Native names retained.

The traveller is interested and pleased to find that so many of the aboriginal names have been retained down this district. They abound all along the Lachlan Valley, and it seems a pity that the euphonious harmony has been broken by even the inclusion of the town designation “Forbes” (with all respect to the memory of the mother State’s first Chief Justice). There is something really musical about such names as Canowindra, Goolagong, Jemalong Cudgellico, Euabalong, and to the ancient race now fast vanishing each term must once have had its own peculiar significance. If we have dispossessed and dispersed the black man, the least we can do is to retain the names of places that meant something to him through countless generations.

It is a commonplace utterance to say that big things are of slow growth but this is very true of the Lachlan River water conservation scheme. Nearly thirty years ago it was first seriously discussed. Down the years since then politicians and others have thought about it, talked about it, and forgotten about it. But it was the kind of thing that could not be permanently shelved and now, whether it is looked upon favourably or otherwise by some people, it has reached the stage where there can be no going back. The general opinion among farsighted men throughout the wide region is not that the scheme is not warranted, but that it has been too long delayed. About thirty miles from Cowra and six miles below the mouth of the Abercrombie River is the site of the Wyangala Dam back of which is a catchment area comprising 3200 square miles, mostly rugged country with mountains rising to 4000 feet above sea level. Unlike the Murray and the Murrumbidgee rivers, the source of the Lachlan is not snow-fed regularly, but gaugings of the river flow have been made periodically for the past 35 years, and the type of storage has been determined in the light of this knowledge.

A significant date.

The official ceremonial act commencing the preparation for the building of the great dam was performed on December 17, 1928 by the then Premier, Hon. T. R. Bavin. This was done not by the orthodox method of “turning the first sod,” but by “firing the first shot,” for there are not many “sods” to turn in the immediate vicinity. It was the first of a series of crashing explosions that have since rent the calm of these everlasting hills where man is bending stern nature to his will. Within the concrete coffer dam the work has gone steadily forward since that time and at present there are about 300 men employed. Powerful and highly efficient mechanical equipment has stripped the foundation area to the flawless granite bed, and the first lift of concrete has raised its sturdy head indicating the direction of the wall that within the next few years will rise in its might to stand for all time. One develops a great admiration for the engineering skill that leaves nothing to chance in the setting down of foundations for works of this nature. A break-away here under the stress of flood waters to come would result in in calamity of the first magnitude. The little town of Wyangala has sprung up almost overnight and the Irrigation Commission believes in making conditions as congenial as possible for those engaged on the job. Here we find unmarried workmen’s barracks built in groups of four, married men’s cottages, recreation hall and reserve. Public school, church officers’ buildings and hospital equipment. The design of the dam is somewhat similar to that at Burrinjuck, and the capacity will be 273,694 acre feet, with a maximum depth of 160 feet.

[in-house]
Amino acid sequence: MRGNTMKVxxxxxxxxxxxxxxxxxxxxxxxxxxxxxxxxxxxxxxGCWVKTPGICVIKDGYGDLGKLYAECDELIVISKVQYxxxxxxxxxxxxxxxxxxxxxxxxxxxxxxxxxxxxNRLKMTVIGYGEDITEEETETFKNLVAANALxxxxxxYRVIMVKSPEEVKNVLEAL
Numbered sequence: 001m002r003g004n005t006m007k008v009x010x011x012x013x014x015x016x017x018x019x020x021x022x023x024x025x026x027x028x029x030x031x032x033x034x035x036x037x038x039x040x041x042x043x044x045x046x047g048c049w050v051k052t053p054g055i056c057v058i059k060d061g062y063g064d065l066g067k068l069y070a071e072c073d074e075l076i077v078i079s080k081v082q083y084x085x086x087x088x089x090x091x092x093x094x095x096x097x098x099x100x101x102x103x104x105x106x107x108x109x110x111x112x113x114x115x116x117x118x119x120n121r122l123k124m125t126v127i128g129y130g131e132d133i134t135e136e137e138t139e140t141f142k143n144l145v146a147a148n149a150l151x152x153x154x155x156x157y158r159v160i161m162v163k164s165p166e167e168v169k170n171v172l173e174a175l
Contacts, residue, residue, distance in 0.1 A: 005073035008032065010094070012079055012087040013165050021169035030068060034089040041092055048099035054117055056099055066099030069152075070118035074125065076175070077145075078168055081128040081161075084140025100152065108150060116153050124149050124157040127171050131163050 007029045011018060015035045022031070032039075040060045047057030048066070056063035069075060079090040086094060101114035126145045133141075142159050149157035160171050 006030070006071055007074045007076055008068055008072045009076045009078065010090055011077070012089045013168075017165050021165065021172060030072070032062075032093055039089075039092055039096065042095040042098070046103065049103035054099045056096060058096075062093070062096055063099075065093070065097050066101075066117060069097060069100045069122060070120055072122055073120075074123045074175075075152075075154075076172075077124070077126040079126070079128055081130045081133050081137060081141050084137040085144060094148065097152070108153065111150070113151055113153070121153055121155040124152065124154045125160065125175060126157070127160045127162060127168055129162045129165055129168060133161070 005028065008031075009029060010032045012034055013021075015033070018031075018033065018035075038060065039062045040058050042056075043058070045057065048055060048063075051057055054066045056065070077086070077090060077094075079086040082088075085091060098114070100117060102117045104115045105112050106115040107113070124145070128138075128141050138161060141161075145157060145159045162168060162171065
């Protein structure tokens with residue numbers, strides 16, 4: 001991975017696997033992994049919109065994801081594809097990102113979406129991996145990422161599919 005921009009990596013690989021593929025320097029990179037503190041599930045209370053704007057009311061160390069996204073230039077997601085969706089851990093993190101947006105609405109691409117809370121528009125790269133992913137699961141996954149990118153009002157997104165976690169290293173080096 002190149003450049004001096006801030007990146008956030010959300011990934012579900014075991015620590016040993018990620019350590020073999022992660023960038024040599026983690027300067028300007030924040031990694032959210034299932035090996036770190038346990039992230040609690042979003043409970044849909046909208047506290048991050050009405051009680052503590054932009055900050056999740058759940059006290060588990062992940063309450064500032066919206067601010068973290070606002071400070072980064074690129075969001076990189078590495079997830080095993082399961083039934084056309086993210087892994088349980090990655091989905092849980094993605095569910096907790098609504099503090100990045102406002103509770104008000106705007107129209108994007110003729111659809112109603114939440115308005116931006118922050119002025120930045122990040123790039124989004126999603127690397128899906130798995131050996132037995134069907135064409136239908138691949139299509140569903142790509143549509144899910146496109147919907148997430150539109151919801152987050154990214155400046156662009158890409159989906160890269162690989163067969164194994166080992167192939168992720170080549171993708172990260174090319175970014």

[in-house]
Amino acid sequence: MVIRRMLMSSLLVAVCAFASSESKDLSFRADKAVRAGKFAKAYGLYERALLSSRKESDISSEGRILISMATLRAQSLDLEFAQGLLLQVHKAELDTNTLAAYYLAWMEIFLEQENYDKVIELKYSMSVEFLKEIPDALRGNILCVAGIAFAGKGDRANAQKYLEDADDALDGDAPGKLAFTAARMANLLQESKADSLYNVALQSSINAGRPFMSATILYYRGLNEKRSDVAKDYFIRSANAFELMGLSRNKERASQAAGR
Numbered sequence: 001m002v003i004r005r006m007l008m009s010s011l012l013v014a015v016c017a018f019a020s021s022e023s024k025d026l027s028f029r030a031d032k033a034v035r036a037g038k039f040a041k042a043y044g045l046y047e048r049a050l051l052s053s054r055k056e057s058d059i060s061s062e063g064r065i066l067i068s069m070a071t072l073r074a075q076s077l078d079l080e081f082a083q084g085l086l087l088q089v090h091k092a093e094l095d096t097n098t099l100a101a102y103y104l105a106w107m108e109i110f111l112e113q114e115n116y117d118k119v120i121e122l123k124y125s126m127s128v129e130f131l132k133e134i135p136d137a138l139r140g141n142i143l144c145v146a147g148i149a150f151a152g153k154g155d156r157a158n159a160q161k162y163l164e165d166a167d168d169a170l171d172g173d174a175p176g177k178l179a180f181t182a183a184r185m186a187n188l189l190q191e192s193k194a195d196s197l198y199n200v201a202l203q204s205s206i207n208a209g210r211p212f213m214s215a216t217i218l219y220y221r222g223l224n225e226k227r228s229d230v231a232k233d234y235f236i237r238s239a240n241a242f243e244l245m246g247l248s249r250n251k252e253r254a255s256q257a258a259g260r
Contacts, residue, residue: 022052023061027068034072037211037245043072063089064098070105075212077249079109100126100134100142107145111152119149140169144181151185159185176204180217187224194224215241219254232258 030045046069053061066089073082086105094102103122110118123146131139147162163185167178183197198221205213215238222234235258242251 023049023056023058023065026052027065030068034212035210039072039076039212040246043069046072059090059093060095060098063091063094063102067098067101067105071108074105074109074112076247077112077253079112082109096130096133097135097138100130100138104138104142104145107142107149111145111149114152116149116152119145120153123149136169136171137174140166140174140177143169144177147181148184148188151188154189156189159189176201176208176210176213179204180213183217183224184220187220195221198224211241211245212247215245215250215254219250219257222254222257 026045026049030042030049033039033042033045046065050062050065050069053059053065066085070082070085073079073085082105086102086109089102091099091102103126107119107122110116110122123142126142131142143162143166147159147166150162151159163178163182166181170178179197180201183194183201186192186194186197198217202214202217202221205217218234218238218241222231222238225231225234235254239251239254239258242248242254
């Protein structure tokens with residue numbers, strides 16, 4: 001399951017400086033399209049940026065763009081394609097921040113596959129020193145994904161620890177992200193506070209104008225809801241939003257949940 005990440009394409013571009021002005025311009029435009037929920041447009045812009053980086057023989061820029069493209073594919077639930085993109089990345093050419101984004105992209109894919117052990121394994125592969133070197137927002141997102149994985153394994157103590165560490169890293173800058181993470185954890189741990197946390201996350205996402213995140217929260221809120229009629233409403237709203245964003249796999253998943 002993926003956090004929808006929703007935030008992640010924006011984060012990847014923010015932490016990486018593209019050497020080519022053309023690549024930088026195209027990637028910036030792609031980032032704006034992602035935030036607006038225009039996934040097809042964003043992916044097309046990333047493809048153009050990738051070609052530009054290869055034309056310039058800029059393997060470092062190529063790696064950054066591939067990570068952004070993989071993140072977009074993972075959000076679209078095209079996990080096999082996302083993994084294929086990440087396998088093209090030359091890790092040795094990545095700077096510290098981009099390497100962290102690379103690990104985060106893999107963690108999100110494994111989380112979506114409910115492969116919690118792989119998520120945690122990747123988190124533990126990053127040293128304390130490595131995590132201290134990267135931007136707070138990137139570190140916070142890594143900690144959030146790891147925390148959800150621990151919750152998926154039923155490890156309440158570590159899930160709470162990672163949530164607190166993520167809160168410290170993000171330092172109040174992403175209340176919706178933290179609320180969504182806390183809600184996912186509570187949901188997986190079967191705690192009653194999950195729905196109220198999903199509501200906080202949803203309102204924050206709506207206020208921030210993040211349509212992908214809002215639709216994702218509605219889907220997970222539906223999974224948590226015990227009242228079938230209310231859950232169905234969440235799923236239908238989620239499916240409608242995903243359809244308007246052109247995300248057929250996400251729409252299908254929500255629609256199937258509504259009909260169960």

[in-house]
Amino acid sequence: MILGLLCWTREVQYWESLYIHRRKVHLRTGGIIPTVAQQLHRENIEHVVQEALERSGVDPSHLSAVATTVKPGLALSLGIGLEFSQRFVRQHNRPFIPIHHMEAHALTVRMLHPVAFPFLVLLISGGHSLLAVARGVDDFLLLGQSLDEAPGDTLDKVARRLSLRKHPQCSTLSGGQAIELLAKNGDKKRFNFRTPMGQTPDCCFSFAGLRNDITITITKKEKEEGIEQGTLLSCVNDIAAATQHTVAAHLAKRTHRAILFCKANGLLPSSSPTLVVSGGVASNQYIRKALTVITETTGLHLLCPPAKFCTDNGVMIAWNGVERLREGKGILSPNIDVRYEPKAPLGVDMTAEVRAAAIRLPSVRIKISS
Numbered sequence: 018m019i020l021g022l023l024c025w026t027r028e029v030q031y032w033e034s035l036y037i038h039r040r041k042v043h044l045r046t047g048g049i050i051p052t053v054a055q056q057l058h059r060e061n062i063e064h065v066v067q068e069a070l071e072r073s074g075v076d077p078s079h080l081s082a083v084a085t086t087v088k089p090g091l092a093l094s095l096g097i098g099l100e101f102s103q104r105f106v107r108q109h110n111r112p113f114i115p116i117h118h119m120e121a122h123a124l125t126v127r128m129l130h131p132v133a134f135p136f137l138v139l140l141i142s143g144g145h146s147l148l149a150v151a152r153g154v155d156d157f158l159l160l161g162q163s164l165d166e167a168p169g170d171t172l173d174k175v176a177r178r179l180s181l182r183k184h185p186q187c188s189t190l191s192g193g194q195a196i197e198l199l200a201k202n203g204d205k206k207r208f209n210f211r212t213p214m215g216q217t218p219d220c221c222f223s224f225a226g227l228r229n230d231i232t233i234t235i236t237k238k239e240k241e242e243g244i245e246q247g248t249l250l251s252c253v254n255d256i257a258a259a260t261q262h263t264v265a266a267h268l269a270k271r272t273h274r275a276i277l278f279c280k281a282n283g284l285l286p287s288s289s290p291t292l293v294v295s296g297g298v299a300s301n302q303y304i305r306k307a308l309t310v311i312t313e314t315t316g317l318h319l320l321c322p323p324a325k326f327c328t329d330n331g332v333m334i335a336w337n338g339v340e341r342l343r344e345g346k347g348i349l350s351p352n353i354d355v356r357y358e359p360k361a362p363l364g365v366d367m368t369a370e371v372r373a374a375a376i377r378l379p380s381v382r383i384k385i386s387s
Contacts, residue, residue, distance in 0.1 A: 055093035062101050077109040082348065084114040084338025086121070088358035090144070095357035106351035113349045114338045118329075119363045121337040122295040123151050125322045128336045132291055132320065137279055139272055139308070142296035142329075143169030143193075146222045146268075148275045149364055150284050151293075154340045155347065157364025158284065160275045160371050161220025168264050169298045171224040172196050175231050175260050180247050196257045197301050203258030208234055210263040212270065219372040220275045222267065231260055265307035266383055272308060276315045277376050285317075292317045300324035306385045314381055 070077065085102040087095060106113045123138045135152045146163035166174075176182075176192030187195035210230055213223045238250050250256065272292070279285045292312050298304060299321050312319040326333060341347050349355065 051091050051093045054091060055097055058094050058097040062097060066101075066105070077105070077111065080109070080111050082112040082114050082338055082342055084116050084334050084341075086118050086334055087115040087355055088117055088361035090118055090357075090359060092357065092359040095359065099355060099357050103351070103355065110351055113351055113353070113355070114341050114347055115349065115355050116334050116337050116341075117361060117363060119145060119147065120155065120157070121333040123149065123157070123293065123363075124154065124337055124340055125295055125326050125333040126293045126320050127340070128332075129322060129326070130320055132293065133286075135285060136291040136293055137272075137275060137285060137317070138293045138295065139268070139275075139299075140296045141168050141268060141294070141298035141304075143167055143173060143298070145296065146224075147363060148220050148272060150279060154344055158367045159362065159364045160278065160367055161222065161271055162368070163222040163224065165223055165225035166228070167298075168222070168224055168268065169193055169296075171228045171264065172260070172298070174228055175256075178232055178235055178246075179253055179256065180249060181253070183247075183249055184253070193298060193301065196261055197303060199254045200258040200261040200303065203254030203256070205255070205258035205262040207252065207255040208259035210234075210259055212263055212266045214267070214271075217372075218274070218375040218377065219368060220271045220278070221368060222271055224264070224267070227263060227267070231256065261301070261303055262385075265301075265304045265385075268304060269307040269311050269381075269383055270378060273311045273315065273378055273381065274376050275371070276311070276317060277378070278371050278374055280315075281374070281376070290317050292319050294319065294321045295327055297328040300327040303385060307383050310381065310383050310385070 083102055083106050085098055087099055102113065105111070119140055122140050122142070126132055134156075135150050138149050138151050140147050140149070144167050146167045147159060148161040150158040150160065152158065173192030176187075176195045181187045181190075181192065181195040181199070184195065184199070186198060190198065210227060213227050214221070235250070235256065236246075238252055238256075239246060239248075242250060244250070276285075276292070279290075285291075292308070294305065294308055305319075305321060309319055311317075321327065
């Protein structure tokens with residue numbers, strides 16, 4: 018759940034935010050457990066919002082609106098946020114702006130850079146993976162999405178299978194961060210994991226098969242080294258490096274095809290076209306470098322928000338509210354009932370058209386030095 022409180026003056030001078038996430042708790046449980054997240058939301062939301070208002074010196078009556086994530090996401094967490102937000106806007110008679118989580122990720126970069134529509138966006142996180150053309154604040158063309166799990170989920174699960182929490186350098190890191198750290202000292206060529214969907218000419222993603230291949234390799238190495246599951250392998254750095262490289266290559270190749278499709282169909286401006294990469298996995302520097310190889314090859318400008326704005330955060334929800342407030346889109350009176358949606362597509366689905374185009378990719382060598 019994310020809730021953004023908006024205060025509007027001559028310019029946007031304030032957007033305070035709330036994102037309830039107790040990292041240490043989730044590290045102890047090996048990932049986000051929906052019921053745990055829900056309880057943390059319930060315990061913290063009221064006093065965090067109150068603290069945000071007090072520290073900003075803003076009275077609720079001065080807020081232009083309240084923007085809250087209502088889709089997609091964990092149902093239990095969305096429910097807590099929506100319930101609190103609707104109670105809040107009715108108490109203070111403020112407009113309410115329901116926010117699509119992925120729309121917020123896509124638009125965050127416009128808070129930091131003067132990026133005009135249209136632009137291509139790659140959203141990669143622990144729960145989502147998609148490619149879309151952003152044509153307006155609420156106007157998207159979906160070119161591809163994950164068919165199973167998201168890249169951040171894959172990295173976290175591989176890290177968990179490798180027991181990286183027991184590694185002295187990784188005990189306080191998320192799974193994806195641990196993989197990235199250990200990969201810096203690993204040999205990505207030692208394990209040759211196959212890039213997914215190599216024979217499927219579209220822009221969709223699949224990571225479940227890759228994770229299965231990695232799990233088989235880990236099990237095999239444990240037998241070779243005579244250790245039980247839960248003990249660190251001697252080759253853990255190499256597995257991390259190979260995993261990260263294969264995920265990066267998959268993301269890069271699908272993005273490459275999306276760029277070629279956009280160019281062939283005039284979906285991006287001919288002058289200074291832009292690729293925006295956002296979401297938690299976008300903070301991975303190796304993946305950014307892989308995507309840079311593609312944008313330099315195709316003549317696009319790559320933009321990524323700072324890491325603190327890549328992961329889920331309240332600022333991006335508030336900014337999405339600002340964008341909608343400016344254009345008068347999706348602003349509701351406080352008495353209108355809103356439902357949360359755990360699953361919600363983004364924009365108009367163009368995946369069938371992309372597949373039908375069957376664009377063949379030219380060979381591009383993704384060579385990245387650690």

Floods of great volume and force occur periodically in the Lachlan and its upper tributaries, and in view of this the engineers have given special attention to the construction of the spillway section of the dam. A concrete spillway wall about 1000 feet in length, is to be constructed in a depression on the southern bank of the river, with a small hill in between. Over this the flood waters will race, picking up the main stream about a mile below. This will avoid the risk of scouring the river bed close to the wall. When the dam is filled to capacity some 6700 acres of land will disappear for ever.



Source:
The Sydney Morning Herald (Sydney, NSW), Saturday 11 April 1931, page 9